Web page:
ABR Arts Film

A Fantastic Woman ★★★★

Harry Windsor
Monday, 19 February 2018

There is something about nightclubs that appeals to filmmakers. The work of American directors like Martin Scorsese and James Gray is riddled with them. In 2017, the Cannes-storming AIDS activism drama BPM (Beats Per Minute) featured a group of friends who spent most nights in clubs; places where identities are ...

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Happy End (Transmission Films) ★★★★

Dion Kagan
Tuesday, 06 February 2018

The opening sequence of Happy End, the latest film from French director and provocateur Michael Haneke, is a funny–shocking series of domestic events captured via a livestreaming social media platform like Snapchat or Instagram. It shows the bedtime routine of a depressed, emotionally vacant woman. A pet hamster falls ...

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Lady Bird (Universal Pictures) ★★★★1/2

Anwen Crawford
Tuesday, 06 February 2018

Too often the suburbia on show in American movies feels like a suburbia that only exists in the movies; a fantasy land stocked with preposterously large, catalogue-neat houses populated by families that boast perfect complexions and expensive teeth. Not so in Lady Bird, set in Sacramento, California, where the glitz of Los Angeles and the fashionability of ...

Sweet Country ★★★

Harry Windsor
Monday, 22 January 2018

Sweet Country, the first conventional feature that Warwick Thornton has made since Samson and Delilah (2009), his début, puts the lie to its title. It opens with a shot of boiling tar and only getting angrier thereon...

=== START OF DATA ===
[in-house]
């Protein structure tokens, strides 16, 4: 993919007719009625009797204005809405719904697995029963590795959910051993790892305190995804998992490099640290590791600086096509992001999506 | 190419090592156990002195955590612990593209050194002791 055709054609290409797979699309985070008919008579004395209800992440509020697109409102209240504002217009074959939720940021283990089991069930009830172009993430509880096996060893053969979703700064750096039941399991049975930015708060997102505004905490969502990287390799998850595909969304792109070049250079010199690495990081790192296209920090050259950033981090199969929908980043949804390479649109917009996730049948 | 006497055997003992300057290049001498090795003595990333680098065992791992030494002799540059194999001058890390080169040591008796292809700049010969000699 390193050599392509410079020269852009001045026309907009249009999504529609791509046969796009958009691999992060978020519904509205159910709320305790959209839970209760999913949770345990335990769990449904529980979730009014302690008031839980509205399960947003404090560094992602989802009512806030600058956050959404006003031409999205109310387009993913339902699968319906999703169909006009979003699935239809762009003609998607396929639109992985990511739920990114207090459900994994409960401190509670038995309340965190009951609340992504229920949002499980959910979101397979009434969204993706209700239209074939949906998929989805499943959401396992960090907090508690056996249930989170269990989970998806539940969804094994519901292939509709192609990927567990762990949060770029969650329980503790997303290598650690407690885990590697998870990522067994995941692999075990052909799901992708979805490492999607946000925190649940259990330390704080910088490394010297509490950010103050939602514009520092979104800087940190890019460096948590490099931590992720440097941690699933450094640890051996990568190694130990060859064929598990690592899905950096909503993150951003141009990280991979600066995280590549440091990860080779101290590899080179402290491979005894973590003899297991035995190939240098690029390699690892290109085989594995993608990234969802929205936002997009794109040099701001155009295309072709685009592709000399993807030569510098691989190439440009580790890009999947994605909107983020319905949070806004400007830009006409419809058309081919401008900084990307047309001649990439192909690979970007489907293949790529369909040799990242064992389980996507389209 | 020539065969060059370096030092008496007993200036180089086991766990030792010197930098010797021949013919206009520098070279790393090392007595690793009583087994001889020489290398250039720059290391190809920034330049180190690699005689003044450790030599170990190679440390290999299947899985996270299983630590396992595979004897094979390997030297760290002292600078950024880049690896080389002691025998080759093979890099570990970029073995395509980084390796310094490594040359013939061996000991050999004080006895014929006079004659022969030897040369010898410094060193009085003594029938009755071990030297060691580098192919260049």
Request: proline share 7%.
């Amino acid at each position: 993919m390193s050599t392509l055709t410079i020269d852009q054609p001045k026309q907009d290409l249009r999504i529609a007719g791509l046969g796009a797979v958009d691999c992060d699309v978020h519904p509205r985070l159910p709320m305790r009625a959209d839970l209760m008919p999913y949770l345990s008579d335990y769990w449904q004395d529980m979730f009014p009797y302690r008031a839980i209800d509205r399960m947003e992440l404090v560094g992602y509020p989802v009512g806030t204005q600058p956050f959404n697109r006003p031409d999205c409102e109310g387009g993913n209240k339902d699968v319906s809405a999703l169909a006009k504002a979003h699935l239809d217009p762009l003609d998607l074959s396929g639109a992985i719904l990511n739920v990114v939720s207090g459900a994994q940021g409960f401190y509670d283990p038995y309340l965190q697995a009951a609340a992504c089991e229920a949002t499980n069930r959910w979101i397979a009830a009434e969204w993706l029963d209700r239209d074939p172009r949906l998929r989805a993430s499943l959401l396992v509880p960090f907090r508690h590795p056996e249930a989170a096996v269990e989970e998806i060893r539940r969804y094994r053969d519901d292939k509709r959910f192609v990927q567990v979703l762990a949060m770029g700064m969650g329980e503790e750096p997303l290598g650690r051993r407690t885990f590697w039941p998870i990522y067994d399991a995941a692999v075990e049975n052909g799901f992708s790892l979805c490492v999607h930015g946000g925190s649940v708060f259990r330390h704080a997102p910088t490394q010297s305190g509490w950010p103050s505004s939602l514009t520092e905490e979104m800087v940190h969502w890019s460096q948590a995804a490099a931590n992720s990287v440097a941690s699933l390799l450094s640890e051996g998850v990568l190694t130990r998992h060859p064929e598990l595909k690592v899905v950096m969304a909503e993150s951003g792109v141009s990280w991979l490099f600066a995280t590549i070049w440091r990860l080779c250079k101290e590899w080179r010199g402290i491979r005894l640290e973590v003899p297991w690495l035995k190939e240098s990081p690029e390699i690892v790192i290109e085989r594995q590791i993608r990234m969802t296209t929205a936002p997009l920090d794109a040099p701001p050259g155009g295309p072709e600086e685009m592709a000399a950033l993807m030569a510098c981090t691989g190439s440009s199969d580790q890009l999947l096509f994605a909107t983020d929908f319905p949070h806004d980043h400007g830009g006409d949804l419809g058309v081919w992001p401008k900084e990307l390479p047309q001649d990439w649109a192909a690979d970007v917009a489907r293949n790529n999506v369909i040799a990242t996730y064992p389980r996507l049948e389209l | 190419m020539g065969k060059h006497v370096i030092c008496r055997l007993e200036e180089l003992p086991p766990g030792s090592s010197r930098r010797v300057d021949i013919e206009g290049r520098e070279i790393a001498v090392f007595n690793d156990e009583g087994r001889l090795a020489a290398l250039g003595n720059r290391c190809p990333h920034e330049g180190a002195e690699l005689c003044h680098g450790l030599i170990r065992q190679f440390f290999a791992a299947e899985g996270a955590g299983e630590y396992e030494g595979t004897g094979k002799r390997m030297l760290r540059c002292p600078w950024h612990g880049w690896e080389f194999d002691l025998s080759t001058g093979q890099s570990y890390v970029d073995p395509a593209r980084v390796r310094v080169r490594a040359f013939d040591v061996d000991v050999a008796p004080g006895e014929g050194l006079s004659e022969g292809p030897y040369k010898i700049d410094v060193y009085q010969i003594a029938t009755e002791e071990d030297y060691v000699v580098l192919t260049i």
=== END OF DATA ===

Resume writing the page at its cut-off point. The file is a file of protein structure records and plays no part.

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Darkest Hour ★★★★

Brian McFarlane
Monday, 08 January 2018

Who knows why, but there have been at least three films in recent months focusing on the Dunkirk evacuation: Lone Scherfig’s Their Finest, Christopher Nolan’s magisterial Dunkirk. and now Joe Wright’s Darkest Hour. Unsurprisingly in view of this, we have also seen a lot of Winston Churchill on our screens ...

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The Post ★★★1/2

Harry Windsor
Monday, 08 January 2018

The Post opens with the sounds of whirring helicopter blades over a black screen, before dropping us into the middle of a jungle sortie, circa Vietnam 1966. Caught in the firefight is military analyst Daniel Ellsberg, played by Matthew Rhys. The vicious attack by unseen Viet Cong is staged by the film’s director, Steven Spielberg ...

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Wonder Wheel 1/2 star

Lauren Carroll Harris
Tuesday, 05 December 2017

Two-thirds of the way through Woody Allen’s new-but-not-really-new film Wonder Wheel, Kate Winslet’s nerve-shot, middle-aged tragic heroine, Ginny, turns to her younger lover, Mickey (Justin Timberlake as a living Ken doll), and says forlornly, ‘Rescue me’. I could not have composed a sadder, more apt summation of the ...

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The Disaster Artist ★★1/2

Dilan Gunawardana
Monday, 04 December 2017

Few bad films have received such prolonged adoration and exposure as The Room. The story of Johnny (Tommy Wiseau), an ‘All-American guy’, and his fiancée, the ‘devious’ Lisa (Juliette Danielle), who cheats on him with his handsome best friend Mark (Greg Sestero), has been screening in cinemas worldwide since its initial ...

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The Killing of a Sacred Deer ★★★

Anwen Crawford
Monday, 13 November 2017

One can pinpoint the moment at which The Killing of a Sacred Deer gets stuck, like a train between stations. It happens midway through the film, during a scene set in a hospital cafeteria, somewhere in Cincinnati. A greying, bearded cardiologist (Colin Farrell) sits opposite a teenage boy (Barry Keoghan) whose gormless, sweaty ...

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On Chesil Beach ★★★1/2

Francesca Sasnaitis
Tuesday, 31 October 2017

On Chesil Beach is not Ian McEwan’s first screenplay, nor his only adaptation for the screen. The Children Act (2017), directed by Richard Eyre and based on McEwan’s 2014 novel, is also due for release in 2018. In an interview he gave at the Toronto International Film Festival, where both films premièred, McEwan ...

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